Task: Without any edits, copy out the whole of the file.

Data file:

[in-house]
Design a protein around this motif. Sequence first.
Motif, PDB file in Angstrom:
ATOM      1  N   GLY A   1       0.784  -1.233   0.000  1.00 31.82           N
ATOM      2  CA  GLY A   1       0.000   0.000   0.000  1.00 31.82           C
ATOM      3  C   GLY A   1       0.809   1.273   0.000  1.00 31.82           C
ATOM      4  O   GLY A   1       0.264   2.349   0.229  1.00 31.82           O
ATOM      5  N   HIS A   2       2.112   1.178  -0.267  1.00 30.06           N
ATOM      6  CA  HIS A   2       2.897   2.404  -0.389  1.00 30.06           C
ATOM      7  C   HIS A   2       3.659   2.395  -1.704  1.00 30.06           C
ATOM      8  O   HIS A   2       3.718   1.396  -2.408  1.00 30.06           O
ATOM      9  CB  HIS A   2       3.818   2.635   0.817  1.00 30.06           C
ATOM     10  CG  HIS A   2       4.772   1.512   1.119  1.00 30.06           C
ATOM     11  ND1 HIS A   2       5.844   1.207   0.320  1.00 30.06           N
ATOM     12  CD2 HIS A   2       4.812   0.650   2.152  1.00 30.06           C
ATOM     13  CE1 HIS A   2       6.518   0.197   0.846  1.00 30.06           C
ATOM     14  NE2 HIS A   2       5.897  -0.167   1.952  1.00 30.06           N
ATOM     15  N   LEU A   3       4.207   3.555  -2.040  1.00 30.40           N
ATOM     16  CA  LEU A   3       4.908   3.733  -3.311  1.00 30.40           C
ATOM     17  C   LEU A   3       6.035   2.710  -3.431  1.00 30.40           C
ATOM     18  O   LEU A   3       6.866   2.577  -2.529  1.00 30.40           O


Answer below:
[in-house]
Design a protein around this motif. Sequence first.
Motif, PDB file in Angstrom:
ATOM      1  N   GLY A   1       0.784  -1.233   0.000  1.00 31.82           N
ATOM      2  CA  GLY A   1       0.000   0.000   0.000  1.00 31.82           C
ATOM      3  C   GLY A   1       0.809   1.273   0.000  1.00 31.82           C
ATOM      4  O   GLY A   1       0.264   2.349   0.229  1.00 31.82           O
ATOM      5  N   HIS A   2       2.112   1.178  -0.267  1.00 30.06           N
ATOM      6  CA  HIS A   2       2.897   2.404  -0.389  1.00 30.06           C
ATOM      7  C   HIS A   2       3.659   2.395  -1.704  1.00 30.06           C
ATOM      8  O   HIS A   2       3.718   1.396  -2.408  1.00 30.06           O
ATOM      9  CB  HIS A   2       3.818   2.635   0.817  1.00 30.06           C
ATOM     10  CG  HIS A   2       4.772   1.512   1.119  1.00 30.06           C
ATOM     11  ND1 HIS A   2       5.844   1.207   0.320  1.00 30.06           N
ATOM     12  CD2 HIS A   2       4.812   0.650   2.152  1.00 30.06           C
ATOM     13  CE1 HIS A   2       6.518   0.197   0.846  1.00 30.06           C
ATOM     14  NE2 HIS A   2       5.897  -0.167   1.952  1.00 30.06           N
ATOM     15  N   LEU A   3       4.207   3.555  -2.040  1.00 30.40           N
ATOM     16  CA  LEU A   3       4.908   3.733  -3.311  1.00 30.40           C
ATOM     17  C   LEU A   3       6.035   2.710  -3.431  1.00 30.40           C
ATOM     18  O   LEU A   3       6.866   2.577  -2.529  1.00 30.40           O